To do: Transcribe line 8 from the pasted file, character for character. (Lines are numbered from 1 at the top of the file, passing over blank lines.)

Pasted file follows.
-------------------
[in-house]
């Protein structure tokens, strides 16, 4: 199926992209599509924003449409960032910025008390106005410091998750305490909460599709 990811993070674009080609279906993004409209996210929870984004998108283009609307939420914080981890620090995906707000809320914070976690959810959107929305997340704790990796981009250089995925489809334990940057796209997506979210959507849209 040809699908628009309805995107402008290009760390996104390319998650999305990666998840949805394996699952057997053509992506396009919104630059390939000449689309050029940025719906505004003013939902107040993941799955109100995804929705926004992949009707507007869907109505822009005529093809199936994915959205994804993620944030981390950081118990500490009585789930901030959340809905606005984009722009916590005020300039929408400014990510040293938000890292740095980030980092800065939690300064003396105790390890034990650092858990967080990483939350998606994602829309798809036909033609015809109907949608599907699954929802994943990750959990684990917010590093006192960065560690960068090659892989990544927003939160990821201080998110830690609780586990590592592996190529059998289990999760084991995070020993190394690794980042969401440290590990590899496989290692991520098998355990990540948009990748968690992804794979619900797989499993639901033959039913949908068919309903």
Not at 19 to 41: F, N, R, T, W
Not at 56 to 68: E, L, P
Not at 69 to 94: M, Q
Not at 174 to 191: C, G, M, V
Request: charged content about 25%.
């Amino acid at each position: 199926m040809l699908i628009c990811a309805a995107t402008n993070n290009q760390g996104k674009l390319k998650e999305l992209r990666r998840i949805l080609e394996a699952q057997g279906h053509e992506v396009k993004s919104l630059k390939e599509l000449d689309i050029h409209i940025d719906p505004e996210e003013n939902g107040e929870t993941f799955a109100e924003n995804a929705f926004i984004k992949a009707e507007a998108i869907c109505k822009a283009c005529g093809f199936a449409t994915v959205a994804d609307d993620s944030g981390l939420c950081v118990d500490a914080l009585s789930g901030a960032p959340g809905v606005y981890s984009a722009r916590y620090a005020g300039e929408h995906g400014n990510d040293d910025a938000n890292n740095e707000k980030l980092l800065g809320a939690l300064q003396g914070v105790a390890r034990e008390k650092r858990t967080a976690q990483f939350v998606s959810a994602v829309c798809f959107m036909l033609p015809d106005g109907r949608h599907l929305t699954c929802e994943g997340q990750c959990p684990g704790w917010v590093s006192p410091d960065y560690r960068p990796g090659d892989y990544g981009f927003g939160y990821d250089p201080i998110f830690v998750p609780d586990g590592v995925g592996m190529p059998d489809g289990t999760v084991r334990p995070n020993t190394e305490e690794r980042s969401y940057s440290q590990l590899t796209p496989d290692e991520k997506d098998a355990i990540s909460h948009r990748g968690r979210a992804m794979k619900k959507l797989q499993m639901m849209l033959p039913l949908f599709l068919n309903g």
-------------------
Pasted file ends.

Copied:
């Amino acid at each position: 199926m040809l699908i628009c990811a309805a995107t402008n993070n290009q760390g996104k674009l390319k998650e999305l992209r990666r998840i949805l080609e394996a699952q057997g279906h053509e992506v396009k993004s919104l630059k390939e599509l000449d689309i050029h409209i940025d719906p505004e996210e003013n939902g107040e929870t993941f799955a109100e924003n995804a929705f926004i984004k992949a009707e507007a998108i869907c109505k822009a283009c005529g093809f199936a449409t994915v959205a994804d609307d993620s944030g981390l939420c950081v118990d500490a914080l009585s789930g901030a960032p959340g809905v606005y981890s984009a722009r916590y620090a005020g300039e929408h995906g400014n990510d040293d910025a938000n890292n740095e707000k980030l980092l800065g809320a939690l300064q003396g914070v105790a390890r034990e008390k650092r858990t967080a976690q990483f939350v998606s959810a994602v829309c798809f959107m036909l033609p015809d106005g109907r949608h599907l929305t699954c929802e994943g997340q990750c959990p684990g704790w917010v590093s006192p410091d960065y560690r960068p990796g090659d892989y990544g981009f927003g939160y990821d250089p201080i998110f830690v998750p609780d586990g590592v995925g592996m190529p059998d489809g289990t999760v084991r334990p995070n020993t190394e305490e690794r980042s969401y940057s440290q590990l590899t796209p496989d290692e991520k997506d098998a355990i990540s909460h948009r990748g968690r979210a992804m794979k619900k959507l797989q499993m639901m849209l033959p039913l949908f599709l068919n309903g």